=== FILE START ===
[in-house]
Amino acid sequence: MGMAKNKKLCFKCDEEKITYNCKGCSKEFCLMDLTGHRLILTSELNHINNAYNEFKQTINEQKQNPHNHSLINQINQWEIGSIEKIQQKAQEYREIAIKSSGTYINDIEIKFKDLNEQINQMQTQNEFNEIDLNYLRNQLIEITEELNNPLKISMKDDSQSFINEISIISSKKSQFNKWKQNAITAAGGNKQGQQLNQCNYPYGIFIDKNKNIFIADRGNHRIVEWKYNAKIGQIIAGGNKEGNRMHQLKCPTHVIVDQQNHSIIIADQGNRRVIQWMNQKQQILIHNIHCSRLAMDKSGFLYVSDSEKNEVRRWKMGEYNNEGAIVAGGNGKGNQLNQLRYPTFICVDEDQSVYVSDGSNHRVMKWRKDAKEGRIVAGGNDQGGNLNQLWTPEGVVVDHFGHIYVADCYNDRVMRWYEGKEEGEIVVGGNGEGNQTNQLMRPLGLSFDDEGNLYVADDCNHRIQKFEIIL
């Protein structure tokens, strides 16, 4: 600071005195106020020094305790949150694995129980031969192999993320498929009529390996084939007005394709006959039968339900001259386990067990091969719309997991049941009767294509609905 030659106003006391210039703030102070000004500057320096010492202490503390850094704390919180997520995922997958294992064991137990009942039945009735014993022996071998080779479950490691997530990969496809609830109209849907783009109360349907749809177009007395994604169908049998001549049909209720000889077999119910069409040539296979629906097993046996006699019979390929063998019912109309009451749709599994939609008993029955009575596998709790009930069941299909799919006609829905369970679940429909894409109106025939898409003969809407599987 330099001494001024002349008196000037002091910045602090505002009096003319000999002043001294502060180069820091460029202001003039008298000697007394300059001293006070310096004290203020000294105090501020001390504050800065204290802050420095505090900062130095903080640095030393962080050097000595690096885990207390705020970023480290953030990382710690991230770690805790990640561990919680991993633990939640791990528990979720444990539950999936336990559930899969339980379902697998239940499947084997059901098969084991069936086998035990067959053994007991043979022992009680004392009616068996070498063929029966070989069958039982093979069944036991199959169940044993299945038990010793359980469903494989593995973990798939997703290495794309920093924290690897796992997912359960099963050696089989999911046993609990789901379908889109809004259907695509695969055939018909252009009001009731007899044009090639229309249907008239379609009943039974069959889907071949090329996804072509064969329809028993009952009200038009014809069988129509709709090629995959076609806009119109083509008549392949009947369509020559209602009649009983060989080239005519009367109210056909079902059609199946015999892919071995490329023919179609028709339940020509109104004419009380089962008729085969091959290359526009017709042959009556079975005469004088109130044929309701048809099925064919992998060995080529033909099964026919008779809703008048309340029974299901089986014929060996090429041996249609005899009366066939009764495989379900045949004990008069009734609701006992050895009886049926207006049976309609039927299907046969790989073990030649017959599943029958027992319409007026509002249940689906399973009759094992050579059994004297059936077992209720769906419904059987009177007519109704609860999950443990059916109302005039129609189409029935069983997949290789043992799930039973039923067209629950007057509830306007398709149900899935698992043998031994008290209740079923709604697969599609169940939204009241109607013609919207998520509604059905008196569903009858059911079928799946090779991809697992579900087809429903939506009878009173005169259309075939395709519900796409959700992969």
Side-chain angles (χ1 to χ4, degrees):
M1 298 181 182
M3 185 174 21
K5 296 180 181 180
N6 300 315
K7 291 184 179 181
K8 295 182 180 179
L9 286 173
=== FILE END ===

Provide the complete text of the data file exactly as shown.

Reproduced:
[in-house]
Amino acid sequence: MGMAKNKKLCFKCDEEKITYNCKGCSKEFCLMDLTGHRLILTSELNHINNAYNEFKQTINEQKQNPHNHSLINQINQWEIGSIEKIQQKAQEYREIAIKSSGTYINDIEIKFKDLNEQINQMQTQNEFNEIDLNYLRNQLIEITEELNNPLKISMKDDSQSFINEISIISSKKSQFNKWKQNAITAAGGNKQGQQLNQCNYPYGIFIDKNKNIFIADRGNHRIVEWKYNAKIGQIIAGGNKEGNRMHQLKCPTHVIVDQQNHSIIIADQGNRRVIQWMNQKQQILIHNIHCSRLAMDKSGFLYVSDSEKNEVRRWKMGEYNNEGAIVAGGNGKGNQLNQLRYPTFICVDEDQSVYVSDGSNHRVMKWRKDAKEGRIVAGGNDQGGNLNQLWTPEGVVVDHFGHIYVADCYNDRVMRWYEGKEEGEIVVGGNGEGNQTNQLMRPLGLSFDDEGNLYVADDCNHRIQKFEIIL
């Protein structure tokens, strides 16, 4: 600071005195106020020094305790949150694995129980031969192999993320498929009529390996084939007005394709006959039968339900001259386990067990091969719309997991049941009767294509609905 030659106003006391210039703030102070000004500057320096010492202490503390850094704390919180997520995922997958294992064991137990009942039945009735014993022996071998080779479950490691997530990969496809609830109209849907783009109360349907749809177009007395994604169908049998001549049909209720000889077999119910069409040539296979629906097993046996006699019979390929063998019912109309009451749709599994939609008993029955009575596998709790009930069941299909799919006609829905369970679940429909894409109106025939898409003969809407599987 330099001494001024002349008196000037002091910045602090505002009096003319000999002043001294502060180069820091460029202001003039008298000697007394300059001293006070310096004290203020000294105090501020001390504050800065204290802050420095505090900062130095903080640095030393962080050097000595690096885990207390705020970023480290953030990382710690991230770690805790990640561990919680991993633990939640791990528990979720444990539950999936336990559930899969339980379902697998239940499947084997059901098969084991069936086998035990067959053994007991043979022992009680004392009616068996070498063929029966070989069958039982093979069944036991199959169940044993299945038990010793359980469903494989593995973990798939997703290495794309920093924290690897796992997912359960099963050696089989999911046993609990789901379908889109809004259907695509695969055939018909252009009001009731007899044009090639229309249907008239379609009943039974069959889907071949090329996804072509064969329809028993009952009200038009014809069988129509709709090629995959076609806009119109083509008549392949009947369509020559209602009649009983060989080239005519009367109210056909079902059609199946015999892919071995490329023919179609028709339940020509109104004419009380089962008729085969091959290359526009017709042959009556079975005469004088109130044929309701048809099925064919992998060995080529033909099964026919008779809703008048309340029974299901089986014929060996090429041996249609005899009366066939009764495989379900045949004990008069009734609701006992050895009886049926207006049976309609039927299907046969790989073990030649017959599943029958027992319409007026509002249940689906399973009759094992050579059994004297059936077992209720769906419904059987009177007519109704609860999950443990059916109302005039129609189409029935069983997949290789043992799930039973039923067209629950007057509830306007398709149900899935698992043998031994008290209740079923709604697969599609169940939204009241109607013609919207998520509604059905008196569903009858059911079928799946090779991809697992579900087809429903939506009878009173005169259309075939395709519900796409959700992969």
Side-chain angles (χ1 to χ4, degrees):
M1 298 181 182
M3 185 174 21
K5 296 180 181 180
N6 300 315
K7 291 184 179 181
K8 295 182 180 179
L9 286 173